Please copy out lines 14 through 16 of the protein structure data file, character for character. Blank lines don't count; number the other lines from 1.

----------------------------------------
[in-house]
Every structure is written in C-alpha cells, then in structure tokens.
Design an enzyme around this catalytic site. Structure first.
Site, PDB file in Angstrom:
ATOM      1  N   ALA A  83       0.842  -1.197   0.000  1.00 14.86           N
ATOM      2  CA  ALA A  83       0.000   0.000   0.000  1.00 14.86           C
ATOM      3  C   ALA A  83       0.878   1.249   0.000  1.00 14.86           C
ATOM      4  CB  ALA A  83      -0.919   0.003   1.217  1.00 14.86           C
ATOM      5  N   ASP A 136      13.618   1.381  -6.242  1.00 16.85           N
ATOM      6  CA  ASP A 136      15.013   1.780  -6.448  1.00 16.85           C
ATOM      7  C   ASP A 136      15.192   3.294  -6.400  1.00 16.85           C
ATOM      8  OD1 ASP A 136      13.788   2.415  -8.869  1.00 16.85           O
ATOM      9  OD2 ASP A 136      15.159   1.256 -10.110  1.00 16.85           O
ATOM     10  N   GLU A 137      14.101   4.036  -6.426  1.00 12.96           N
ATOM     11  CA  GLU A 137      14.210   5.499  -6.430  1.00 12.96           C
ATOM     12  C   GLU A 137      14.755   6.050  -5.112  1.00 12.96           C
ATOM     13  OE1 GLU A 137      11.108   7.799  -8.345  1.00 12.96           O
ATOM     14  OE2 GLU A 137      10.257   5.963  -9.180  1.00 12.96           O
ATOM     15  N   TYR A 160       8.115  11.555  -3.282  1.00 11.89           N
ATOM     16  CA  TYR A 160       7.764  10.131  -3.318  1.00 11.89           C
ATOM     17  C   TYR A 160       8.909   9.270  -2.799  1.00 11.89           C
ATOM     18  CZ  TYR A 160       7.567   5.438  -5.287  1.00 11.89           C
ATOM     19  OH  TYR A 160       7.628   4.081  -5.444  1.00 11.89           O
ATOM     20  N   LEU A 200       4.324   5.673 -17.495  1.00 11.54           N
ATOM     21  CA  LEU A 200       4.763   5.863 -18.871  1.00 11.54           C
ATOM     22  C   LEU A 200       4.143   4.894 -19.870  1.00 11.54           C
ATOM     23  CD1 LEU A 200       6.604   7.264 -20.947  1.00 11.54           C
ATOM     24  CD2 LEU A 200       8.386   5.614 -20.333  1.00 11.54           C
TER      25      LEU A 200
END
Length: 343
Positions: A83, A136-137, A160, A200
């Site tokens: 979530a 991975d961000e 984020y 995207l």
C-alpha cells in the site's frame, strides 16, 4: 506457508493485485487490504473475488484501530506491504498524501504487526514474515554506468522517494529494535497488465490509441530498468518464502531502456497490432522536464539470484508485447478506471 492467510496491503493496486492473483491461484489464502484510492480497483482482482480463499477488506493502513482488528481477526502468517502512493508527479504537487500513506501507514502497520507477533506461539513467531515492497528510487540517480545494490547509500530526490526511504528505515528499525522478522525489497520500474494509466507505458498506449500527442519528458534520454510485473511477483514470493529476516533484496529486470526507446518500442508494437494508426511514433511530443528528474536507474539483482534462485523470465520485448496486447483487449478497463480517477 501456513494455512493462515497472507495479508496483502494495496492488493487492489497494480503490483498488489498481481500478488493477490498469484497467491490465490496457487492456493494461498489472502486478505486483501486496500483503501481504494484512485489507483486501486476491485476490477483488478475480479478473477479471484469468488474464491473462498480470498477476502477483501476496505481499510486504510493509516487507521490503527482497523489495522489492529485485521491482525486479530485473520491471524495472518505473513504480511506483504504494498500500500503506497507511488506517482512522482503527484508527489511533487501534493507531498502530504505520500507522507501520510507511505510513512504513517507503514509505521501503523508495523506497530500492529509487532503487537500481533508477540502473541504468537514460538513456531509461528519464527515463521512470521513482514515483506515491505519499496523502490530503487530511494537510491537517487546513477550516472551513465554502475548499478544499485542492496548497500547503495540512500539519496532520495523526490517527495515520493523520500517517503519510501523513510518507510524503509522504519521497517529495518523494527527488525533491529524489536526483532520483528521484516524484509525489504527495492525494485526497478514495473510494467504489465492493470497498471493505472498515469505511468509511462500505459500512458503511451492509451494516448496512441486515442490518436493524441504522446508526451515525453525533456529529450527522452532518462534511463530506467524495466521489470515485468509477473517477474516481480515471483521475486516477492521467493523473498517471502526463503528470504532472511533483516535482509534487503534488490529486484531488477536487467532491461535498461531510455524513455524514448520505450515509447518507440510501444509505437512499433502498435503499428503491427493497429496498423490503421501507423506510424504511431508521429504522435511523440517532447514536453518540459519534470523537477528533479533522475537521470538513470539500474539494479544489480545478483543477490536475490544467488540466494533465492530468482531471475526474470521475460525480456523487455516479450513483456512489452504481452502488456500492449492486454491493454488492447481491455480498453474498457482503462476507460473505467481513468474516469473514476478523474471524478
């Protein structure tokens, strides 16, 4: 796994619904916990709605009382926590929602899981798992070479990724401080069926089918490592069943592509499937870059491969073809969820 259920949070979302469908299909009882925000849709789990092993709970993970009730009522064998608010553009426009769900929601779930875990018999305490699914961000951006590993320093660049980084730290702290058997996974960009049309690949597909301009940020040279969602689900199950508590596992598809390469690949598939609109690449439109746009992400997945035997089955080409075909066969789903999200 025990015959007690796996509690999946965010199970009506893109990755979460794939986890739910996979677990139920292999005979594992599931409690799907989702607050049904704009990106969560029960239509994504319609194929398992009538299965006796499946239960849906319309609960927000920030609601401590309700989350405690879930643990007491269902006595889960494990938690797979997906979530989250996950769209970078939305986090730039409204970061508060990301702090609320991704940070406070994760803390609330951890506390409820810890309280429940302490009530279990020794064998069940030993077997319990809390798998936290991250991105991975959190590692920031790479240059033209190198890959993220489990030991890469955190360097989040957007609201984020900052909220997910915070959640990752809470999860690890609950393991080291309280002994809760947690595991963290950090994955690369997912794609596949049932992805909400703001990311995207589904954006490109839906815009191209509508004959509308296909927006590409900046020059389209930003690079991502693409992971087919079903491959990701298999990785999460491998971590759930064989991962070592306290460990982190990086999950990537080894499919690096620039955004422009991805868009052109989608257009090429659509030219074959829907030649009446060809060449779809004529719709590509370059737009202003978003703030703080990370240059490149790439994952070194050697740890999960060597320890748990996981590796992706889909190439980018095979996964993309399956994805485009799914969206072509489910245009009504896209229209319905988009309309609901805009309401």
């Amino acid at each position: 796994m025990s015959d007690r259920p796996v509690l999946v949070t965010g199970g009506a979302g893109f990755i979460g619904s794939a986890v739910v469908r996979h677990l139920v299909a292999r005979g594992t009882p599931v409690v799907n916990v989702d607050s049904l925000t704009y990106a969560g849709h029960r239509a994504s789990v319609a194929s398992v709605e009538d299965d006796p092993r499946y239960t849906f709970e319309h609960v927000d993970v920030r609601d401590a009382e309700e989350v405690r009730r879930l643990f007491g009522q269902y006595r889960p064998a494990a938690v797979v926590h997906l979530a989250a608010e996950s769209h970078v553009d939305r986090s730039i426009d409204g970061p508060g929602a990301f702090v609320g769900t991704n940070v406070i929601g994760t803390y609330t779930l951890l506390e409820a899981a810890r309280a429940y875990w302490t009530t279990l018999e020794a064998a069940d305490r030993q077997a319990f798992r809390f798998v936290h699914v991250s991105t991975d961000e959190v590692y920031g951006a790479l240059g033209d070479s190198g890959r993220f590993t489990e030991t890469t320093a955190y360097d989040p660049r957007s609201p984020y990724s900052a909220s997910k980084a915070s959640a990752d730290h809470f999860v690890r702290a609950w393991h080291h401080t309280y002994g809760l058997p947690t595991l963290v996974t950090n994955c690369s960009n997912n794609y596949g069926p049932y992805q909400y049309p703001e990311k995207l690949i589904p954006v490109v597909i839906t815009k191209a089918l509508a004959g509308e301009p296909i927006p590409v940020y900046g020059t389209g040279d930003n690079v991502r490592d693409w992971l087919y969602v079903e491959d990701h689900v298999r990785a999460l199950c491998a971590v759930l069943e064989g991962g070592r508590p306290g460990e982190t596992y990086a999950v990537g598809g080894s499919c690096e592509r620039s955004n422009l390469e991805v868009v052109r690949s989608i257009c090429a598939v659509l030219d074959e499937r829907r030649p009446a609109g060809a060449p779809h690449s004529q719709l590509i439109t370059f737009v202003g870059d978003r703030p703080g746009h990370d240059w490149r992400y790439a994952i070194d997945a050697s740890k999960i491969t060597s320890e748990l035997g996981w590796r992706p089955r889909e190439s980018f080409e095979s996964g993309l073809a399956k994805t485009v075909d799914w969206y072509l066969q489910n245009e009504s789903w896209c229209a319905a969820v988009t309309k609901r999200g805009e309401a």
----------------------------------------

ATOM     10  N   GLU A 137      14.101   4.036  -6.426  1.00 12.96           N
ATOM     11  CA  GLU A 137      14.210   5.499  -6.430  1.00 12.96           C
ATOM     12  C   GLU A 137      14.755   6.050  -5.112  1.00 12.96           C